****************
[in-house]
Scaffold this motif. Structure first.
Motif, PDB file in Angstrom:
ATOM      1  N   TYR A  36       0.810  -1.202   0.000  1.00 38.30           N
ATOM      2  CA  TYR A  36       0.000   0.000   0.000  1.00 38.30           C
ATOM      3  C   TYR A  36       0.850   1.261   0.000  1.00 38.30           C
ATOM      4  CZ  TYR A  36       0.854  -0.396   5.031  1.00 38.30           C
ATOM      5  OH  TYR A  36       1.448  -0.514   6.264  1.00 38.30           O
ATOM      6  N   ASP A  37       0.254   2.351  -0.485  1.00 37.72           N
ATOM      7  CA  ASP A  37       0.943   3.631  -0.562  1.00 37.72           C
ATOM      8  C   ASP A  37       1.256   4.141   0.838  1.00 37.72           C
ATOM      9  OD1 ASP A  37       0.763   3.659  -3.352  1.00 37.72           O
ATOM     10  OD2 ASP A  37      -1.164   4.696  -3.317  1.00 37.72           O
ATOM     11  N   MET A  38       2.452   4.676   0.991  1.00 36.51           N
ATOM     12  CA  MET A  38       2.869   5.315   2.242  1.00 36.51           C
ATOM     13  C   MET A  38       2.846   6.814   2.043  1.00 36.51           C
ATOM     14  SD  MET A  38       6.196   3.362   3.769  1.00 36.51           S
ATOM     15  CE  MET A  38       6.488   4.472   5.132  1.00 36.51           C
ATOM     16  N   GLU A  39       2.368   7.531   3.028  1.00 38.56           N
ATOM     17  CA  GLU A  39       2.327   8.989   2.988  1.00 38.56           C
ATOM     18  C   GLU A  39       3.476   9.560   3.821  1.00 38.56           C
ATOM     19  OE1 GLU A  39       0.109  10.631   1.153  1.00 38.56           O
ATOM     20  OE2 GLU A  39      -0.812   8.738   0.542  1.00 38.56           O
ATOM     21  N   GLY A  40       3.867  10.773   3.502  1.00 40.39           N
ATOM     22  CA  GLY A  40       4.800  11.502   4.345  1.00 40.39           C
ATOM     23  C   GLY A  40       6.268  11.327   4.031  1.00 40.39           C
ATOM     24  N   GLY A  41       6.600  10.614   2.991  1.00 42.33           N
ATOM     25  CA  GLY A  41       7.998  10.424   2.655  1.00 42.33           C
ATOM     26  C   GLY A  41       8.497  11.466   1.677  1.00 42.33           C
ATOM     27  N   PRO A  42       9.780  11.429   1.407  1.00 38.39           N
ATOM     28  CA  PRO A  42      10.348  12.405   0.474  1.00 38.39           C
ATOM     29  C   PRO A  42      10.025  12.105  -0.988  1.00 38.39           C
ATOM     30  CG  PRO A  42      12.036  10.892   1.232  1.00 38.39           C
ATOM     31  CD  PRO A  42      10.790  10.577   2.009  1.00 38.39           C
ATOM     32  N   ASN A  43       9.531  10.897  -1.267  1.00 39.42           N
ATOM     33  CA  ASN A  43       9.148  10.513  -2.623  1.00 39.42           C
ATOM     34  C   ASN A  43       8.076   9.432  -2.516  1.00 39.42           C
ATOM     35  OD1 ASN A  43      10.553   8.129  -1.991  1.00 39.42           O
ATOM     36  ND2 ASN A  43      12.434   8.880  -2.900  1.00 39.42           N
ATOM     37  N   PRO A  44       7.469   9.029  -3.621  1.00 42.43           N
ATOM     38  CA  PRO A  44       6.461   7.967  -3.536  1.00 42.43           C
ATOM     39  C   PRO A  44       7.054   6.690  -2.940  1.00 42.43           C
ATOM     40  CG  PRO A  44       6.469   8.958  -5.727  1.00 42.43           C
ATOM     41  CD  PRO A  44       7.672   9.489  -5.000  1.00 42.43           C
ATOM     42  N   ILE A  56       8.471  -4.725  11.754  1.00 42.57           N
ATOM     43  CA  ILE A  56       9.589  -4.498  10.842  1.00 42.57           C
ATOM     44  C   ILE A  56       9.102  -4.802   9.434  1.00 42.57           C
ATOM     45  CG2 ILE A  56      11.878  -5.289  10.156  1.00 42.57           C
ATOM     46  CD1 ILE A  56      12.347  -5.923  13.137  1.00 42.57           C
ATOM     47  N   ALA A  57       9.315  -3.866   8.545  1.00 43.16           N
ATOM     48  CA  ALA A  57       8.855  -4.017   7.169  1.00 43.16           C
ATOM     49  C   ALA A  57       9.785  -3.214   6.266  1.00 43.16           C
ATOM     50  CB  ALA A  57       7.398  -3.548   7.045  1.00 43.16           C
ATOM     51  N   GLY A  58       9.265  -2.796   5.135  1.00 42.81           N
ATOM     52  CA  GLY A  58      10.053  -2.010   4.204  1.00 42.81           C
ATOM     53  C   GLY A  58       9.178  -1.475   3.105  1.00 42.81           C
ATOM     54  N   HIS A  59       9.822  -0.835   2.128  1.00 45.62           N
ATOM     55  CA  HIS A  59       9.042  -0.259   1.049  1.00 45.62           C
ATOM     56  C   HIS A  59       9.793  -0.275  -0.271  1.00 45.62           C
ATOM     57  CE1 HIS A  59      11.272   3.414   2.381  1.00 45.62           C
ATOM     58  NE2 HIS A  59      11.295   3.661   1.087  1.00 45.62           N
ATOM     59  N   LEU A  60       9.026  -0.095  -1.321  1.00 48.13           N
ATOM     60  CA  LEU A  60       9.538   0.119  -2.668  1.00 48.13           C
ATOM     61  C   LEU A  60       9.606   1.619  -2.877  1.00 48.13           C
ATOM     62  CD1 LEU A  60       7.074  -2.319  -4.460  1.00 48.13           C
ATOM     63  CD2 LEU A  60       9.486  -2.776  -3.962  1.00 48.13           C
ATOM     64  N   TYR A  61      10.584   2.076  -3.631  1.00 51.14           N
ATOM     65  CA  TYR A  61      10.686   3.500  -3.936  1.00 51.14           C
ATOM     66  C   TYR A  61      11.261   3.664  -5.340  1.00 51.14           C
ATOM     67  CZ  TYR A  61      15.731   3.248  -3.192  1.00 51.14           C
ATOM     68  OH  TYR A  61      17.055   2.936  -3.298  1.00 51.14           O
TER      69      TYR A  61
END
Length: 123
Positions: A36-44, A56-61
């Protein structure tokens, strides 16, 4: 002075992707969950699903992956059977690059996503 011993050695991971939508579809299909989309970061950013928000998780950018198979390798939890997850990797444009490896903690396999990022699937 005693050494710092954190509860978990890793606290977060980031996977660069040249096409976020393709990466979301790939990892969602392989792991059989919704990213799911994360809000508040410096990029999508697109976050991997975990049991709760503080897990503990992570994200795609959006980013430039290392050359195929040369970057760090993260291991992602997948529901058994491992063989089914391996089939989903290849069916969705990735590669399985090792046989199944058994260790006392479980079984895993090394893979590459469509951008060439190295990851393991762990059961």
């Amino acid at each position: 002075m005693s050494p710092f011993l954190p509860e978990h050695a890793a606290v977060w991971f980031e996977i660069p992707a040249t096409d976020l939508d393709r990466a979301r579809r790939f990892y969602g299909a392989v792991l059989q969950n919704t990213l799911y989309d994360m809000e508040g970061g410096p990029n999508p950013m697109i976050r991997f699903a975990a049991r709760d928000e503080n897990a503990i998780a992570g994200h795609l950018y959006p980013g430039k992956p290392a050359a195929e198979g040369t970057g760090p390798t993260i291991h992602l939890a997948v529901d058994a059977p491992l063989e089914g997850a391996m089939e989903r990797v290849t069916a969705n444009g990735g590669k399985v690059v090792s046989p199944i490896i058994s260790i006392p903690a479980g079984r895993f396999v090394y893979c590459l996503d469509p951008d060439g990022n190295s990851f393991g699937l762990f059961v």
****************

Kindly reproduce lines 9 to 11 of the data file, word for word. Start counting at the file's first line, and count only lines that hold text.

ATOM      6  N   ASP A  37       0.254   2.351  -0.485  1.00 37.72           N
ATOM      7  CA  ASP A  37       0.943   3.631  -0.562  1.00 37.72           C
ATOM      8  C   ASP A  37       1.256   4.141   0.838  1.00 37.72           C